2 July 2020
The Just Transition Fund: climate neutrality should leave no one behind

The Just Transition Fund: climate neutrality should leave no one behind

When President von der Leyen took office, one of her mandate's promises as well as pillars was to ensure climate neutrality for Europe. This climate neutrality was meant to be achieved through fair policies for all territories. In order to attain this objective, the European Commission put forward in January 2020 a €100 billion Just Transition Mechanism, a mechanism that is a part of the EU Green Deal and encloses the Just Transition Fund (JTF). 

The JTF – one of the three pillars of the Just Transition Mechanism together with the transition scheme under InvestEU and a public sector loan facility backed by the EU budget – was designated a budget of €7.5 billion. The aim of this budget was to help the European Union's territories that are facing difficulties in the transition towards climate neutrality. The proposition was to top up the €7.5 billion with financing coming from the European Regional Development Fund and from the European Social Fund Plus, both part of the EU’s Cohesion Policy.  

In its initial presentation, the First Vice-President of the European Commission, Frans Timmermans, described it as “a pledge of solidarity and fairness”. Despite the Just Transition Fund being described as the beating heart of the Mechanism, several criticism circulated regarding the financial amounts allocated to the program. Concerns were also voiced around the idea that the funds would be insufficient to carry out the level of investment required by Member States, and hesitations were shared about it becoming a “de-facto coal phase-out” after Vice-President Timmermans had also referred to it as “a message to coal miners, peat farmers and oil shale workers”.

All this took place in the first months of the year, before the COVID-19 crisis hit our societies and our economies and left us facing one of the deepest recessions of the last century. On 27 May, the European Commission revised its initial proposals and presented a new Multiannual Financial Framework (MFF), as well as an EU Recovery Plan. As part of this proposal, the European Commission also increased the allocation of financial resources for the JTF and brought it up to €40 billion. It explained that the allocation of funds would follow the same criteria as already proposed in January, making Poland, Germany and Romania the biggest beneficiaries of the Fund. Whilst the opinions regarding the funds' increase were generally positive, concerns remained, coming from countries that still argued about the fact that this amount would not allow them to complete the transition swiftly.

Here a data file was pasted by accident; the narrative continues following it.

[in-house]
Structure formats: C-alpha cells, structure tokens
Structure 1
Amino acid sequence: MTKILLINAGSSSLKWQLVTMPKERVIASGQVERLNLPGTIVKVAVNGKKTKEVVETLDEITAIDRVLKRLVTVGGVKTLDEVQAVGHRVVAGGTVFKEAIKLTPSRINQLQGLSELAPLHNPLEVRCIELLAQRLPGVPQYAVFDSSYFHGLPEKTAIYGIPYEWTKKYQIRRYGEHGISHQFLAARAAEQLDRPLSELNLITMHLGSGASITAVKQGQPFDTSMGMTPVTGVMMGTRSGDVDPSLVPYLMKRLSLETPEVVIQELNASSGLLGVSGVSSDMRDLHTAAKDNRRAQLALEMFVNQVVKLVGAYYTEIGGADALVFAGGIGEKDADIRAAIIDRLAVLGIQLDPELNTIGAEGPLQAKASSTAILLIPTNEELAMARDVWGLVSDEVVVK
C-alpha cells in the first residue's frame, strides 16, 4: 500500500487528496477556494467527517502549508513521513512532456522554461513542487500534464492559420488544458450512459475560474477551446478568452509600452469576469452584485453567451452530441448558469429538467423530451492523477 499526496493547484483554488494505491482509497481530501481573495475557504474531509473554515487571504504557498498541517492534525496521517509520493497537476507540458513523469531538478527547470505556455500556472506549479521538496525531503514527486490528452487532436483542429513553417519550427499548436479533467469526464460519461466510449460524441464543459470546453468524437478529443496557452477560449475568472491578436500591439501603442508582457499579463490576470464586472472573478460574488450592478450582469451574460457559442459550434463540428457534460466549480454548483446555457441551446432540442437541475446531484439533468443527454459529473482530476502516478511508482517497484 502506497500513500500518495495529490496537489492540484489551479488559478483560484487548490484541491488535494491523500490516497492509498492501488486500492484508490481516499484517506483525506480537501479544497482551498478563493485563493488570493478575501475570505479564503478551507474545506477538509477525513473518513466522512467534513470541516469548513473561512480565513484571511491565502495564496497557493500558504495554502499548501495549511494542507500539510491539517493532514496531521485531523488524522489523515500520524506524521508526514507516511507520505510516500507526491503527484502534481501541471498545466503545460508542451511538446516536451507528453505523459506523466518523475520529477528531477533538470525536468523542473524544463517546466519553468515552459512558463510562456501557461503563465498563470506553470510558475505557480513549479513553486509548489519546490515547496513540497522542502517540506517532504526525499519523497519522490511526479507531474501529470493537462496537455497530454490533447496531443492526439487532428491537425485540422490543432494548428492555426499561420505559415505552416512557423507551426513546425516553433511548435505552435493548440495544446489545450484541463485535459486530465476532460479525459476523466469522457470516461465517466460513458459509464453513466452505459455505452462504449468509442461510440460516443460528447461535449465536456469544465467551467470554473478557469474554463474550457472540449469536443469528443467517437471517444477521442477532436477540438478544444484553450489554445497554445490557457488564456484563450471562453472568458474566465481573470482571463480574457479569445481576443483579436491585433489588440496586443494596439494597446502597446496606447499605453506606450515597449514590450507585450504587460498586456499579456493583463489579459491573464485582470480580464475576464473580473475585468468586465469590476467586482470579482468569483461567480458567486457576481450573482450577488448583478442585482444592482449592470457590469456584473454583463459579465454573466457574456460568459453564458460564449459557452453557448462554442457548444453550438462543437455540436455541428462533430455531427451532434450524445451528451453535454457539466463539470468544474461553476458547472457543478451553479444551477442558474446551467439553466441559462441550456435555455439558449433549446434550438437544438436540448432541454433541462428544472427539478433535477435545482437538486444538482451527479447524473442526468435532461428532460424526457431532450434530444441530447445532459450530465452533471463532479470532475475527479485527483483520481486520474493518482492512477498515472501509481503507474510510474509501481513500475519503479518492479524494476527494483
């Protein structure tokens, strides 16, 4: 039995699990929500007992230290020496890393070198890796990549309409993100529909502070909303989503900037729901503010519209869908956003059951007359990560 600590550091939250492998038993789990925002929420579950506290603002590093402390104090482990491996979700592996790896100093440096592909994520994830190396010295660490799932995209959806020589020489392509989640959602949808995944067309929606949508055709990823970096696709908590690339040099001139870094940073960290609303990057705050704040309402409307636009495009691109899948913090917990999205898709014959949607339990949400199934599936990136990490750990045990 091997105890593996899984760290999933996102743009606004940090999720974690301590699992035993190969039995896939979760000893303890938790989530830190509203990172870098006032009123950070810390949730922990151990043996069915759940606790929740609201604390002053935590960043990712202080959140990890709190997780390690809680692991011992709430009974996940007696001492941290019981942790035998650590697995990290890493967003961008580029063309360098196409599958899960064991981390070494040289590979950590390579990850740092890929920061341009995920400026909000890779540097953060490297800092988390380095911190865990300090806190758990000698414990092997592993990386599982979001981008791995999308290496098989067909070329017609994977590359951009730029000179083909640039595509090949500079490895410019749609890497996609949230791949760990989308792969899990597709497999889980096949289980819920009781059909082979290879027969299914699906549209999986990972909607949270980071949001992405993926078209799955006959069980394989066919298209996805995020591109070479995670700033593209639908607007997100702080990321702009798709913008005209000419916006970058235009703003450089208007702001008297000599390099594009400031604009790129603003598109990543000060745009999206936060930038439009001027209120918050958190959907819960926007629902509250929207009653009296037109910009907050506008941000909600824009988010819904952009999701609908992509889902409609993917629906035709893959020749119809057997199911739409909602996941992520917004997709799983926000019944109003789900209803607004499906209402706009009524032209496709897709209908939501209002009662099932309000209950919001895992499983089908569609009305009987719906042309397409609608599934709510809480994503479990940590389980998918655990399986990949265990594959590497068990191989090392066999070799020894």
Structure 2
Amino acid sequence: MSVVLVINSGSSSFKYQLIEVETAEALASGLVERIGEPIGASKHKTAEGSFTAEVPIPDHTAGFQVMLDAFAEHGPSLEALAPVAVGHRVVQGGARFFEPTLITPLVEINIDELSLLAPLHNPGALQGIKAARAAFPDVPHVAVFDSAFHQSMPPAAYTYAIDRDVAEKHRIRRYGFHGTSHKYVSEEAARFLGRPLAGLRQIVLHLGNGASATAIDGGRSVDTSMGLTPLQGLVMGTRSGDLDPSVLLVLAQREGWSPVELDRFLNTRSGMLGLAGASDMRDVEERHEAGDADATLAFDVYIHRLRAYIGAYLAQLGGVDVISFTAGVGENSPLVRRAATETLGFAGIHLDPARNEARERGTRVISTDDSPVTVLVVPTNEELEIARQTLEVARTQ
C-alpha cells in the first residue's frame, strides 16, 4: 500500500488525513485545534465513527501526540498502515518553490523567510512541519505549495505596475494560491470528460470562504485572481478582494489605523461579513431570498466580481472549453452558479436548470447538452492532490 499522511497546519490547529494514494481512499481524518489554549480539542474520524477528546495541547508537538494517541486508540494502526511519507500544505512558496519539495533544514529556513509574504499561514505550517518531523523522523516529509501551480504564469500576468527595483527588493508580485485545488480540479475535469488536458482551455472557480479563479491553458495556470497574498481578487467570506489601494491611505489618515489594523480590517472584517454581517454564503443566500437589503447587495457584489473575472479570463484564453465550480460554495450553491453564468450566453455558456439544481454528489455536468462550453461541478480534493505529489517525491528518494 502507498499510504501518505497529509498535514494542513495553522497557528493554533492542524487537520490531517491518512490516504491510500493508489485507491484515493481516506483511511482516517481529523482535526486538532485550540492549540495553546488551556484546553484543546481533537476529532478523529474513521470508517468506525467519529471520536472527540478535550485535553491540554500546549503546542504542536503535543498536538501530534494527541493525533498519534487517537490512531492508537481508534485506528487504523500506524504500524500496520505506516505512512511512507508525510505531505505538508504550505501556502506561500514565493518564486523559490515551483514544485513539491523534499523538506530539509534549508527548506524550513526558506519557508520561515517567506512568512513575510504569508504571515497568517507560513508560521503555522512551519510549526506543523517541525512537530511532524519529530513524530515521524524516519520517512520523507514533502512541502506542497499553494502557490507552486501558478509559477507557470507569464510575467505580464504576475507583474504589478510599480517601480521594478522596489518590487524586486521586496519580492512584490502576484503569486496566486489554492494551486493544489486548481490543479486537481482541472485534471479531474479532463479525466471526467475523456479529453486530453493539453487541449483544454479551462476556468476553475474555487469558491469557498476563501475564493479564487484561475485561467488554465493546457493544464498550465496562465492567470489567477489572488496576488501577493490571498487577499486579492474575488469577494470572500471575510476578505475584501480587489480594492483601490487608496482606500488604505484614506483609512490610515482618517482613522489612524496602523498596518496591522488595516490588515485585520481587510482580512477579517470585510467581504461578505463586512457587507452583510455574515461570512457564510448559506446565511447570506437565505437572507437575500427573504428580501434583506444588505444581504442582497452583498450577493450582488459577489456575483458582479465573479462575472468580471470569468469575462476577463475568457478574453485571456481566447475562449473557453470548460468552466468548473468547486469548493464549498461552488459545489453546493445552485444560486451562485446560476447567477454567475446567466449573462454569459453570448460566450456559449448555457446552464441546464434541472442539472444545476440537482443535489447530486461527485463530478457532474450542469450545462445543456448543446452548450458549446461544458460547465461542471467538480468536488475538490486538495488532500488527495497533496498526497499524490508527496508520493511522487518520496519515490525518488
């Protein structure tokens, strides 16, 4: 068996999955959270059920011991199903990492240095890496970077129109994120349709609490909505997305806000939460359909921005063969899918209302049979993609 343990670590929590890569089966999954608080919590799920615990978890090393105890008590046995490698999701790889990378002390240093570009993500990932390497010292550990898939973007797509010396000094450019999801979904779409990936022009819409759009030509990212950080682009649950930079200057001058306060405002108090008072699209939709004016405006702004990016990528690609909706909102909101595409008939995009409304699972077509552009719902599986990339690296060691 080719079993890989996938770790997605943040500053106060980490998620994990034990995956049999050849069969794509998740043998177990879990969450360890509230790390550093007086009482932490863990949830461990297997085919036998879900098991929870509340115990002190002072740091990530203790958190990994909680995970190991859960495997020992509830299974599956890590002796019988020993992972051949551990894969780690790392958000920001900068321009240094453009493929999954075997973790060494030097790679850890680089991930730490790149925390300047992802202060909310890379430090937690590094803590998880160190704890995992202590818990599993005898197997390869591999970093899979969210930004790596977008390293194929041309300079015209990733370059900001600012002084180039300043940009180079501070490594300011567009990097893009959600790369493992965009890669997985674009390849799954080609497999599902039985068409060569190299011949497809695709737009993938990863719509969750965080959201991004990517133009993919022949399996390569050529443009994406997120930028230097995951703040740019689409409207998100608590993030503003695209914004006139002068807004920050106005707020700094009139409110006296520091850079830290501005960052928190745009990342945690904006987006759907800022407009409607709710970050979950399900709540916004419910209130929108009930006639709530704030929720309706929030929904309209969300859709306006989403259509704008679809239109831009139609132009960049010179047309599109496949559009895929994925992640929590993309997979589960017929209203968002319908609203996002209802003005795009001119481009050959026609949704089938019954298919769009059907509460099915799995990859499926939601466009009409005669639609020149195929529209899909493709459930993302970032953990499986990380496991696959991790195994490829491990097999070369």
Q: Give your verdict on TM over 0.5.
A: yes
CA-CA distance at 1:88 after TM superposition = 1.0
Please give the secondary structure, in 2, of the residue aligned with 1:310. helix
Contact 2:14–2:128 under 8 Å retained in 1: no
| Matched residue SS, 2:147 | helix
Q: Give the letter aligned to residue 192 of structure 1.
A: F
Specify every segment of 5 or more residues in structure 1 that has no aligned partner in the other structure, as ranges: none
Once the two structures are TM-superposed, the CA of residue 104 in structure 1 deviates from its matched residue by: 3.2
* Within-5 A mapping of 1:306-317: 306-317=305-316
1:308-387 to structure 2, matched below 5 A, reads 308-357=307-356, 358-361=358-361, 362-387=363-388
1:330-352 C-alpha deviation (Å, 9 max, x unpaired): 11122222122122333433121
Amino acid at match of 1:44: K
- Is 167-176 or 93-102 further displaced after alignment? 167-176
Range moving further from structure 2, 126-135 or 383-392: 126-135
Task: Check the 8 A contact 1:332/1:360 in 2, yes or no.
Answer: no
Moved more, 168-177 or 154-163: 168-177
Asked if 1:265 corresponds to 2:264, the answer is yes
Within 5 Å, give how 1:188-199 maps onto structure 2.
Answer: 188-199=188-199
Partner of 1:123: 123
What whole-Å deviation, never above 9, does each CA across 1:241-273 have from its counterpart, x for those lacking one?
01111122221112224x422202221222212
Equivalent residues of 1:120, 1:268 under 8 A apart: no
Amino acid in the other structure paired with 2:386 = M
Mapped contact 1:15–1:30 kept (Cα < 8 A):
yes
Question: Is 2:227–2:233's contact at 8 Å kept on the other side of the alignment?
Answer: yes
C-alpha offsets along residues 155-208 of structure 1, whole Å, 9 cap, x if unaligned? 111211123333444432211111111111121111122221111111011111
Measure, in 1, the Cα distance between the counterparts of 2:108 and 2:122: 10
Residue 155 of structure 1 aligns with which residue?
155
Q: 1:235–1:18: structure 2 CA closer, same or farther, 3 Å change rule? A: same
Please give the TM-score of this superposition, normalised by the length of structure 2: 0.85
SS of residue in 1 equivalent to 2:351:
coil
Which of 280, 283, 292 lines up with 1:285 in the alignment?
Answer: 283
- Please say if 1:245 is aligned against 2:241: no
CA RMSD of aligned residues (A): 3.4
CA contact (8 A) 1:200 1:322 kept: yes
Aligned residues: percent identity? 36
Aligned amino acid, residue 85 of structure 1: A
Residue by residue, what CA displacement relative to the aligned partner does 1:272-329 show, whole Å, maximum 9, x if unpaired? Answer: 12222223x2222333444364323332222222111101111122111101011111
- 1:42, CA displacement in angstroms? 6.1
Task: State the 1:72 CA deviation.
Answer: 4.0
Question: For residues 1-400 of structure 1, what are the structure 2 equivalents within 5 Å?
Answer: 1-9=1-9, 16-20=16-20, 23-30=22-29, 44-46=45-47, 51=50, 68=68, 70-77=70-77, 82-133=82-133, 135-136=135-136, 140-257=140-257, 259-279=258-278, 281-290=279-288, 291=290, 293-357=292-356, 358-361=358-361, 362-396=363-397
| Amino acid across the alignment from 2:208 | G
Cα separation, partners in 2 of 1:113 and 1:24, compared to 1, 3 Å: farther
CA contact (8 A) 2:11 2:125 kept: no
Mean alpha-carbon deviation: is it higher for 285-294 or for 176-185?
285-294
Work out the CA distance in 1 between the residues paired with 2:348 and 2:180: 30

On 24 June, EU ambassadors met and endorsed the partial position of the Council in the establishment of the Just Transition Fund and found that its eligibility criteria go along the line of the EU’s Cohesion Policy. Although this is a step forward on the path to solidifying an instrument intended to achieve climate neutrality, it nevertheless does not seem to be enough.

From the PES Group, we welcome the creation of the Just Transition Fund and the fact that it takes on board some of the recommendations of the previous CoR opinion on coal regions. We welcome the budget allocation particularly and its substantial increase, which is at least needed to start the green and fair recovery after the COVID-19 pandemic. 

The July plenary of the European Committee of the Regions adopted our member and mayor of Rijeka, Vojko Obernsel’s opinion on the Just Transition Fund. On the topic and the opinion he affirmed that “the Just Transition Fund is key to help Europe’s most carbon-intensive regions on their path towards a green recovery, both in advancing the overall goal of reducing greenhouse gas emissions while at the same time transforming their economy and building a more resilient future for their communities. As the European Committee of the Regions, we call to restrict the access to the Fund only to those who commit to objectives of the European Green Deal and of the Paris Agreement, including the EU's own goal to be climate neutral by 2050. For us, it is fundamental that the Transition Fund is not only just but also fair”. 

The European Commission committed itself to reach climate neutrality by 2050 and, while it is taking steps in the right direction, the budgetary allocations to the Just Transition Fund do not seem enough. The initial proposal presented a lack of resources for Member States and its most affected regions, and even the revised funds of up to €40 billion seem insufficient. Europe is enduring a pandemic that will require courageous decisions and bold steps to recover. There is a long way to go and the incentives to invest in a green recovery might prove to be insufficient in regions where the options are to salvage jobs or invest in the greening of the economy. The PES Group supports the proposal for a Just Transition Fund but more will need to follow so that cities and regions across Europe take a leap of faith for the sake of our future. 

We believe that if local and regional actors are the ones that are meant to benefit from this instrument, it is then only natural for local and regional authorities to be involved in all the steps of the process. When the JTF was firstly introduced, studies had already announced that, for the transition and the funds to work, actions had to be locally driven. If the basis of this fund is to leave no one behind, the Commission must ensure that those who will see their lives affected by the transition towards climate neutrality are those who directly reap the benefits.

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